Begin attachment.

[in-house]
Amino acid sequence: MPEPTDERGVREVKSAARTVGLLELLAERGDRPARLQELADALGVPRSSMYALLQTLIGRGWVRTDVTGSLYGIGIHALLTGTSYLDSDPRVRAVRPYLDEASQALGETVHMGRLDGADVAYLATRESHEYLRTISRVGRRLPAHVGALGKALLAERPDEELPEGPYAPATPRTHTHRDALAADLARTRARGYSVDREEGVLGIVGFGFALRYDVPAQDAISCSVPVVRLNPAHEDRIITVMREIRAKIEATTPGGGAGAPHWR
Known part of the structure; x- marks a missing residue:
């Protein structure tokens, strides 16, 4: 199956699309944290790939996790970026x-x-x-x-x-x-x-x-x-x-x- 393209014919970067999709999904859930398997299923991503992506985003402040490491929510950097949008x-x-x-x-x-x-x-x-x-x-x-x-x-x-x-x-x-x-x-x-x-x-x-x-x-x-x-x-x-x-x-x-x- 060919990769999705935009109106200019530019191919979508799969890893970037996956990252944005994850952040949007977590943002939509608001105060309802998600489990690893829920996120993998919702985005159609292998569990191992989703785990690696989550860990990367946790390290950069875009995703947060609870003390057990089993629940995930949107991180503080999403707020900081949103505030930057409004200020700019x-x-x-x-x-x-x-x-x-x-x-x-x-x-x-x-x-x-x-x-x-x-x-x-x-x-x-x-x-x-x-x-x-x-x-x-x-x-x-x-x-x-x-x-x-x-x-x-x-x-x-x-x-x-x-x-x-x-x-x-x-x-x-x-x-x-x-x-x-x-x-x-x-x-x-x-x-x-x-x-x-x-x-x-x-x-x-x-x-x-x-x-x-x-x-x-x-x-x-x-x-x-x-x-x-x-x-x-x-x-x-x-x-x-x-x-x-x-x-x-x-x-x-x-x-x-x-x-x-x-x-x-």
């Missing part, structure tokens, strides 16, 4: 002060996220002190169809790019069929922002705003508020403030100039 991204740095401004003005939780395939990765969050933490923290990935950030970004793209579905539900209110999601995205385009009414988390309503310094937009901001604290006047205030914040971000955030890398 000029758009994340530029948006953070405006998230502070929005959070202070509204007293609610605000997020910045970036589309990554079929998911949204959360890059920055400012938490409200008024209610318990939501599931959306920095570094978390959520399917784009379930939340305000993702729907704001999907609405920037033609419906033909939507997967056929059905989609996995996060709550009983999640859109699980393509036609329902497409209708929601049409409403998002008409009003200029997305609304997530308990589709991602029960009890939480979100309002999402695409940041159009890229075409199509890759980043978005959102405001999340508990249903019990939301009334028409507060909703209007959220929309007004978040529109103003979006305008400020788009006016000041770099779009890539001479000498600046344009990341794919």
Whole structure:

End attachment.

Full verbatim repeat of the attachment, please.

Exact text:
[in-house]
Amino acid sequence: MPEPTDERGVREVKSAARTVGLLELLAERGDRPARLQELADALGVPRSSMYALLQTLIGRGWVRTDVTGSLYGIGIHALLTGTSYLDSDPRVRAVRPYLDEASQALGETVHMGRLDGADVAYLATRESHEYLRTISRVGRRLPAHVGALGKALLAERPDEELPEGPYAPATPRTHTHRDALAADLARTRARGYSVDREEGVLGIVGFGFALRYDVPAQDAISCSVPVVRLNPAHEDRIITVMREIRAKIEATTPGGGAGAPHWR
Known part of the structure; x- marks a missing residue:
């Protein structure tokens, strides 16, 4: 199956699309944290790939996790970026x-x-x-x-x-x-x-x-x-x-x- 393209014919970067999709999904859930398997299923991503992506985003402040490491929510950097949008x-x-x-x-x-x-x-x-x-x-x-x-x-x-x-x-x-x-x-x-x-x-x-x-x-x-x-x-x-x-x-x-x- 060919990769999705935009109106200019530019191919979508799969890893970037996956990252944005994850952040949007977590943002939509608001105060309802998600489990690893829920996120993998919702985005159609292998569990191992989703785990690696989550860990990367946790390290950069875009995703947060609870003390057990089993629940995930949107991180503080999403707020900081949103505030930057409004200020700019x-x-x-x-x-x-x-x-x-x-x-x-x-x-x-x-x-x-x-x-x-x-x-x-x-x-x-x-x-x-x-x-x-x-x-x-x-x-x-x-x-x-x-x-x-x-x-x-x-x-x-x-x-x-x-x-x-x-x-x-x-x-x-x-x-x-x-x-x-x-x-x-x-x-x-x-x-x-x-x-x-x-x-x-x-x-x-x-x-x-x-x-x-x-x-x-x-x-x-x-x-x-x-x-x-x-x-x-x-x-x-x-x-x-x-x-x-x-x-x-x-x-x-x-x-x-x-x-x-x-x-x-």
């Missing part, structure tokens, strides 16, 4: 002060996220002190169809790019069929922002705003508020403030100039 991204740095401004003005939780395939990765969050933490923290990935950030970004793209579905539900209110999601995205385009009414988390309503310094937009901001604290006047205030914040971000955030890398 000029758009994340530029948006953070405006998230502070929005959070202070509204007293609610605000997020910045970036589309990554079929998911949204959360890059920055400012938490409200008024209610318990939501599931959306920095570094978390959520399917784009379930939340305000993702729907704001999907609405920037033609419906033909939507997967056929059905989609996995996060709550009983999640859109699980393509036609329902497409209708929601049409409403998002008409009003200029997305609304997530308990589709991602029960009890939480979100309002999402695409940041159009890229075409199509890759980043978005959102405001999340508990249903019990939301009334028409507060909703209007959220929309007004978040529109103003979006305008400020788009006016000041770099779009890539001479000498600046344009990341794919």
Whole structure: